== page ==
See, I am setting a plumb-line in the midst of my people Israel. -Amos 7:8
Amos was giving some tough news to King Jeroboam of Israel. He was prophesying that God was not pleased with the direction Jeroboam was taking the country - that Jeroboam was not only risking his own death but also a disastrous result for his country.
This Sunday's passage from the book of Amos actually describes the third time Amos received a vision in judgement of Jeroboam and his leaders. The first vision was that locusts would eat all Israel's spring crops. The second vision was that fire would rain down and consume the land of Israel. And this third vision was of God standing by a wall built true with a plumb line, and God saying to Amos that the plumb line would be put into the midst of God's people Israel. Amos saw in this vision that God was finding Jeroboam's faith and leadership lacking - basically that they were in big, big trouble.
The prophet's very challenging task is to speak the truth even when it's risky or may ruffle the feathers of those in power. In this Sunday's reading, Amos is sharing his plumb line vision with Amaziah, the priest in the city of Bethel, who was not the least bit pleased with what he heard. Amaziah told Amos he should leave Judah at once and never prophesy at Bethel again “for it is a king’s sanctuary and a temple of the kingdom.” Amos’ judgment against the king is making him nervous. After all, the holy place at Bethel belonged to the king, and Amaziah's depended on the king being happy to keep his job. Amos' prophecy threatened his livelihood. What Amaziah would have wanted was to hear prophecies that decried his enemies - not his king. Professor Tyler Mayfield wrote in a commentary on this passage:
We are always the most upset at our prophets when they seem to be questioning our own way of life, not when they question the actions of those with whom we disagree.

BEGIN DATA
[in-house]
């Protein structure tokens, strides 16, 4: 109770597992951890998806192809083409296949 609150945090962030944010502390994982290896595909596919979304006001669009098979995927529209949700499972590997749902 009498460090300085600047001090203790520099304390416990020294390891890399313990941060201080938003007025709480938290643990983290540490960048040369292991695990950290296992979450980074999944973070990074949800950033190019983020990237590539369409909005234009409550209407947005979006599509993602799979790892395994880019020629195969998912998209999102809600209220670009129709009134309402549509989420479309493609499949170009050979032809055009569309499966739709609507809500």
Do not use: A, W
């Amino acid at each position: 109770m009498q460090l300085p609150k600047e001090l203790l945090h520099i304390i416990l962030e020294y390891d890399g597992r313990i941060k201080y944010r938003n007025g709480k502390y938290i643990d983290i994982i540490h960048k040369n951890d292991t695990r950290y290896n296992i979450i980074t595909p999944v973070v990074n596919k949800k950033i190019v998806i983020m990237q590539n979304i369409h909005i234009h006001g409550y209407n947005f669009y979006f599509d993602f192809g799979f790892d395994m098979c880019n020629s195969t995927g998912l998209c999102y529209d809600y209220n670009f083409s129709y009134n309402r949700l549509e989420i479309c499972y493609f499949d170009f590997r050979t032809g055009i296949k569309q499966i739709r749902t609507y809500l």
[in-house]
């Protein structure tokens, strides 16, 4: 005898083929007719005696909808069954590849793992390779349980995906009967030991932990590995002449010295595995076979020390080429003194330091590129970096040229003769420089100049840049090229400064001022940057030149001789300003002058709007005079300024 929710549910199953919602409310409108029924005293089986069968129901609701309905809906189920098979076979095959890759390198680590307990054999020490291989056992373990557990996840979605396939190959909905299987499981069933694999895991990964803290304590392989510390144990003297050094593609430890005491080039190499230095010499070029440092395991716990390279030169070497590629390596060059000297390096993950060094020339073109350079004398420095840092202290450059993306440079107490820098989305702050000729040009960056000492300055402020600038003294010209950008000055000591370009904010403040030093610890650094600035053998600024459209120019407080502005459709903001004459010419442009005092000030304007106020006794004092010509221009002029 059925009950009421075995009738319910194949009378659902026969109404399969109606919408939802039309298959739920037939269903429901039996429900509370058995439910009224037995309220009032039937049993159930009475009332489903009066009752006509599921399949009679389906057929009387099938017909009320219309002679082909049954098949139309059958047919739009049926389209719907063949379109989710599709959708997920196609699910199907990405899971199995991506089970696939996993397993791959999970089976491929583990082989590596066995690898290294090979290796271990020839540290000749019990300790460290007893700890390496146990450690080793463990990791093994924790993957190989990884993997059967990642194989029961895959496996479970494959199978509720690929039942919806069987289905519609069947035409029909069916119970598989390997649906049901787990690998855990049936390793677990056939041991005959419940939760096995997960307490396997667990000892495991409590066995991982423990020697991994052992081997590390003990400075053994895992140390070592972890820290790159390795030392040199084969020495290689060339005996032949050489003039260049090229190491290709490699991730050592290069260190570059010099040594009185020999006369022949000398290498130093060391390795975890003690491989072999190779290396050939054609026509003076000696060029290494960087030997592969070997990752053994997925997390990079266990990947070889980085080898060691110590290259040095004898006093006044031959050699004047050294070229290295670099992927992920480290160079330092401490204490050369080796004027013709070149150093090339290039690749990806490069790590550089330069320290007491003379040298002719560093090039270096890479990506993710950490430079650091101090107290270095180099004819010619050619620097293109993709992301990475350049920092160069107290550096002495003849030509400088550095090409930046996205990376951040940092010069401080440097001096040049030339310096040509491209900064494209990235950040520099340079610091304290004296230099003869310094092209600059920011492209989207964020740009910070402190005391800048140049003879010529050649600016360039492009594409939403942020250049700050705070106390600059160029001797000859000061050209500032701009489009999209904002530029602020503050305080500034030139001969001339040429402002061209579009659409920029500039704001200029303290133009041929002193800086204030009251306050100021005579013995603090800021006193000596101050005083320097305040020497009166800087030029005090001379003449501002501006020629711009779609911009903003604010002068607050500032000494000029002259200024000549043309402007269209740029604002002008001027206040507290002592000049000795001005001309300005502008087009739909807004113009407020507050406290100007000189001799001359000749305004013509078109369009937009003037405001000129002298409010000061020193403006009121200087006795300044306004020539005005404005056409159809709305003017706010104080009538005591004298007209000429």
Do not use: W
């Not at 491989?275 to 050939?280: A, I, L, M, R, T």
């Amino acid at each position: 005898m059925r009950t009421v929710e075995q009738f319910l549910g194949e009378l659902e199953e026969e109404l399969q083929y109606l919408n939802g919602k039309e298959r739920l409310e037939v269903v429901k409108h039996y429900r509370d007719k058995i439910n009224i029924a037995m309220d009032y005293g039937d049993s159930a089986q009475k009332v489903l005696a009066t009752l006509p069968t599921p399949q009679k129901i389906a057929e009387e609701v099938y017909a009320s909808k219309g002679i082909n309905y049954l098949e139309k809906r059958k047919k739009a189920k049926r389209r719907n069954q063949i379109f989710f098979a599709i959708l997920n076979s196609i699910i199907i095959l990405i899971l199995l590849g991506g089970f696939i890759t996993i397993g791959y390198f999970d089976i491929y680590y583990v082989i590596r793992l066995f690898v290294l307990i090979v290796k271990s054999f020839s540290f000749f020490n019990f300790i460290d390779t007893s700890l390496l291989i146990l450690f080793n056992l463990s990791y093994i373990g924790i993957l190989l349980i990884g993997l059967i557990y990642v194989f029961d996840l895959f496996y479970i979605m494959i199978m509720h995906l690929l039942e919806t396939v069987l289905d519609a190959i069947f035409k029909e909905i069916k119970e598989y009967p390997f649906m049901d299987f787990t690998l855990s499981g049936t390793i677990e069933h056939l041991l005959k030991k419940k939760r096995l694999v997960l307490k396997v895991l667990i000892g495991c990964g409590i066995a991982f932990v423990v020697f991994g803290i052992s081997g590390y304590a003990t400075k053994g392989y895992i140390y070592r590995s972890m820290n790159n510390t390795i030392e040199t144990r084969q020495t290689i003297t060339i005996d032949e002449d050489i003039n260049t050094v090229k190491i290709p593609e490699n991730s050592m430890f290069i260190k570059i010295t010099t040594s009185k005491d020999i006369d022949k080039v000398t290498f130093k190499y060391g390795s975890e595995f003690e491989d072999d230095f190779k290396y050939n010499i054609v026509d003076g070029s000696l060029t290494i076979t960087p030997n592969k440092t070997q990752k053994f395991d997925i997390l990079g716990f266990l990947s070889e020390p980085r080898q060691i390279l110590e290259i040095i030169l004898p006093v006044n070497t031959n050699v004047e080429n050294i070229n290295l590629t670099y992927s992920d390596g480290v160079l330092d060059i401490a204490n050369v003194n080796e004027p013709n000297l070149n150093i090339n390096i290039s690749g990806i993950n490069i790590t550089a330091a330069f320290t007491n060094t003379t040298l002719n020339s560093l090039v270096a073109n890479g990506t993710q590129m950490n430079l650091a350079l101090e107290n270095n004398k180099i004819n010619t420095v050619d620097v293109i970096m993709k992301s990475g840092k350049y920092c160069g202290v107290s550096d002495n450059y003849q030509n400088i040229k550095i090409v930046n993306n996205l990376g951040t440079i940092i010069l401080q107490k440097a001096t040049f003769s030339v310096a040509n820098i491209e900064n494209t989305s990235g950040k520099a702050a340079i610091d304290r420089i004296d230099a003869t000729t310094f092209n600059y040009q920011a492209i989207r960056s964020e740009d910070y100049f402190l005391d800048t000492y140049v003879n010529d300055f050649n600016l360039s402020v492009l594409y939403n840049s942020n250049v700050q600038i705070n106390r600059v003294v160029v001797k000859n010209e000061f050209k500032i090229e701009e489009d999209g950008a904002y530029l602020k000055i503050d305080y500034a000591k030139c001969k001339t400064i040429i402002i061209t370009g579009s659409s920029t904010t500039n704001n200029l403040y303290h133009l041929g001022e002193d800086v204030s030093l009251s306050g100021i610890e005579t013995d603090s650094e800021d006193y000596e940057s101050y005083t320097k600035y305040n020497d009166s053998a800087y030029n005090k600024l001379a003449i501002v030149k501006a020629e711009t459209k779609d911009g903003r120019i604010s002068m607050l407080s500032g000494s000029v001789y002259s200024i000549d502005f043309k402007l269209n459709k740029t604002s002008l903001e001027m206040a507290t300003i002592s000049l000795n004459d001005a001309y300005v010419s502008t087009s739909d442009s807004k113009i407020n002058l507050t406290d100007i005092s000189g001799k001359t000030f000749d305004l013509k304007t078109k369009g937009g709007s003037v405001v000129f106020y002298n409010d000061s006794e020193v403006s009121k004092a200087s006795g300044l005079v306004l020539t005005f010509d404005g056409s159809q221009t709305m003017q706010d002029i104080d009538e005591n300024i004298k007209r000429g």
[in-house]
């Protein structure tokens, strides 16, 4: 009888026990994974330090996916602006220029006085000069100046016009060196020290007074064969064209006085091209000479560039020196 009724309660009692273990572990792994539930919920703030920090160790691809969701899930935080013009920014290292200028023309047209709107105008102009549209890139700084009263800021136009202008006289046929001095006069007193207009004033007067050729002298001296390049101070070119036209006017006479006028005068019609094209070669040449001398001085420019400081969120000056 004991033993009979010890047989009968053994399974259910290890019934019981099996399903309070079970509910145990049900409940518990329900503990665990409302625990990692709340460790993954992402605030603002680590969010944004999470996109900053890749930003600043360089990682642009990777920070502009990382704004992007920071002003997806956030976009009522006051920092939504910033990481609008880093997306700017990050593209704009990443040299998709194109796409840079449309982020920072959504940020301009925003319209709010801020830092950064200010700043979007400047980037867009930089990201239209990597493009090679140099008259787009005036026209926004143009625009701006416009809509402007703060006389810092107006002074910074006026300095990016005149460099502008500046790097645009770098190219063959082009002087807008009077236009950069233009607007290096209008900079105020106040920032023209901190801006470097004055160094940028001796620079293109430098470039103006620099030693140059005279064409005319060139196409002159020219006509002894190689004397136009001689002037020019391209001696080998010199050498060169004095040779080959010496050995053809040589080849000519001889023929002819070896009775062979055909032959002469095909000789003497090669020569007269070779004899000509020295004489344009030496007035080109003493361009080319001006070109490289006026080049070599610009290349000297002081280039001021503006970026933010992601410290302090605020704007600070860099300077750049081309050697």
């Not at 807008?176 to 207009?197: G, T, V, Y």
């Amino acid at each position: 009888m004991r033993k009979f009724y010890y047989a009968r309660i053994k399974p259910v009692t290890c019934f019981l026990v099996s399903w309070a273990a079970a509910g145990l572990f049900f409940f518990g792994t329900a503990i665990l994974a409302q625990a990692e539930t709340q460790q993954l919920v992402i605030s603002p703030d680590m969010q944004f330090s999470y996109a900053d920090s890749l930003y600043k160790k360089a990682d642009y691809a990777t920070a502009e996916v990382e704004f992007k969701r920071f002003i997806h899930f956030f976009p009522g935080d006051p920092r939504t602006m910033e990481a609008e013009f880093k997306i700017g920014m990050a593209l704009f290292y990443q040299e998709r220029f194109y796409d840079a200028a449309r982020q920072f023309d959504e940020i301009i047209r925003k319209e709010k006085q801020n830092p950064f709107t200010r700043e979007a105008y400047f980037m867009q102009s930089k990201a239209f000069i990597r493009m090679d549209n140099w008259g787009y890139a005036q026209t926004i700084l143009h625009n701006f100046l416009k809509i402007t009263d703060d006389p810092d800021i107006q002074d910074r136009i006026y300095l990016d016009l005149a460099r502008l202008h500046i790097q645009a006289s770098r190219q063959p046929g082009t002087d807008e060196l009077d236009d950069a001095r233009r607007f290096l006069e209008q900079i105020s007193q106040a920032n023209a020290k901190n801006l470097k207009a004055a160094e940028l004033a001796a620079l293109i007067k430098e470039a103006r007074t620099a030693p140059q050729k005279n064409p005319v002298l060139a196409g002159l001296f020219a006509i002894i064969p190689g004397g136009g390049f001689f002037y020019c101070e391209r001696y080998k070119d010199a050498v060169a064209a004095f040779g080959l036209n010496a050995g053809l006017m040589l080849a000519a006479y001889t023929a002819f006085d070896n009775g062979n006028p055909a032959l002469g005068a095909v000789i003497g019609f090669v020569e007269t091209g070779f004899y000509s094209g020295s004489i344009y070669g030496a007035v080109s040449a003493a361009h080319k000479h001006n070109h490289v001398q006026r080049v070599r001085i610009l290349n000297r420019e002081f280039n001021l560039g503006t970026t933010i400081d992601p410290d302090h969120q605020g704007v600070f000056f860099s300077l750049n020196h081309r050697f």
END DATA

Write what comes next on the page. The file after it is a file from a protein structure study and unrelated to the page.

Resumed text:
We all know what it feels like to get 'feedback' from someone suggesting that perhaps we're on the wrong track. And we know how hard it is to swallow our pride and take a good hard look at whether or not what we are doing is really as square and true as we assume it is. In a world as confusing as ours is, it's not always easy to find a reliable plumb line to measure against, but for people of faith, we know that in the midst of life's chaos, there's only one place to go to get an accurate gauge on what we're being called to do in any given moment. Prayer is more important than ever - prayer on your own as well as prayer together with others. It not only helps to keep us close to center, but also helps us to be able to discern the ways that we are being called to speak up or speak out.
Amos was not a professional prophet. Just a guy who got three very important visions and felt he needed to speak up about them. Like him, we, too, are prophets and, if we are listening, will be called at one time or another to speak the truth to power. In order to answer your call, stay close to where the power really is.
Our readings for the Sunday are HERE. Note that in Ordinary Time, we are using "Track 2"